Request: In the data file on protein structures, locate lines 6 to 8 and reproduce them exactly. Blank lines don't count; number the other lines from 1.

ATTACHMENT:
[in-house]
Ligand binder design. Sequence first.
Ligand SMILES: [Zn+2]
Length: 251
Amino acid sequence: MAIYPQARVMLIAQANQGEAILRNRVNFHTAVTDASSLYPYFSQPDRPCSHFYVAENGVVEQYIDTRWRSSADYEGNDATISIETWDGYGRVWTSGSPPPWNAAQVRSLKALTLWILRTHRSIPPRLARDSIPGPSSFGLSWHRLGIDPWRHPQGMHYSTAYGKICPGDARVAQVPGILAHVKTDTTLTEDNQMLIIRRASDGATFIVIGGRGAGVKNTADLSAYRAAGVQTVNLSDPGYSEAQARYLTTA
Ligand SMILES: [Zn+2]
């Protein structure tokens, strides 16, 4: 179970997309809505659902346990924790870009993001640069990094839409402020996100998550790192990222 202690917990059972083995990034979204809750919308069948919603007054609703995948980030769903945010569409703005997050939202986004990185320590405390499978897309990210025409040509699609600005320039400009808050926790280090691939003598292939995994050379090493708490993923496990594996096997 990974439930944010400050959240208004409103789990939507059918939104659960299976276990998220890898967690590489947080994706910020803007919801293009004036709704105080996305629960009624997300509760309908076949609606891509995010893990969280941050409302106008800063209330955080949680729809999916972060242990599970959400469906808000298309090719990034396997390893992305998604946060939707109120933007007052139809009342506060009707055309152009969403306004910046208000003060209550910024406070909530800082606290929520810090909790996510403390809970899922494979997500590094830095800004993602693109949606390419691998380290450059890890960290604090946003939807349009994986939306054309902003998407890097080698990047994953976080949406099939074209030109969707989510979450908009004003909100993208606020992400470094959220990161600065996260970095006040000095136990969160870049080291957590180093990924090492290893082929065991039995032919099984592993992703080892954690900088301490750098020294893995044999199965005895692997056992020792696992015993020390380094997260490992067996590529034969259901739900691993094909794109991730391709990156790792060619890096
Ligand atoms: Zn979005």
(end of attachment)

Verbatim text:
Ligand SMILES: [Zn+2]
């Protein structure tokens, strides 16, 4: 179970997309809505659902346990924790870009993001640069990094839409402020996100998550790192990222 202690917990059972083995990034979204809750919308069948919603007054609703995948980030769903945010569409703005997050939202986004990185320590405390499978897309990210025409040509699609600005320039400009808050926790280090691939003598292939995994050379090493708490993923496990594996096997 990974439930944010400050959240208004409103789990939507059918939104659960299976276990998220890898967690590489947080994706910020803007919801293009004036709704105080996305629960009624997300509760309908076949609606891509995010893990969280941050409302106008800063209330955080949680729809999916972060242990599970959400469906808000298309090719990034396997390893992305998604946060939707109120933007007052139809009342506060009707055309152009969403306004910046208000003060209550910024406070909530800082606290929520810090909790996510403390809970899922494979997500590094830095800004993602693109949606390419691998380290450059890890960290604090946003939807349009994986939306054309902003998407890097080698990047994953976080949406099939074209030109969707989510979450908009004003909100993208606020992400470094959220990161600065996260970095006040000095136990969160870049080291957590180093990924090492290893082929065991039995032919099984592993992703080892954690900088301490750098020294893995044999199965005895692997056992020792696992015993020390380094997260490992067996590529034969259901739900691993094909794109991730391709990156790792060619890096
Ligand atoms: Zn979005």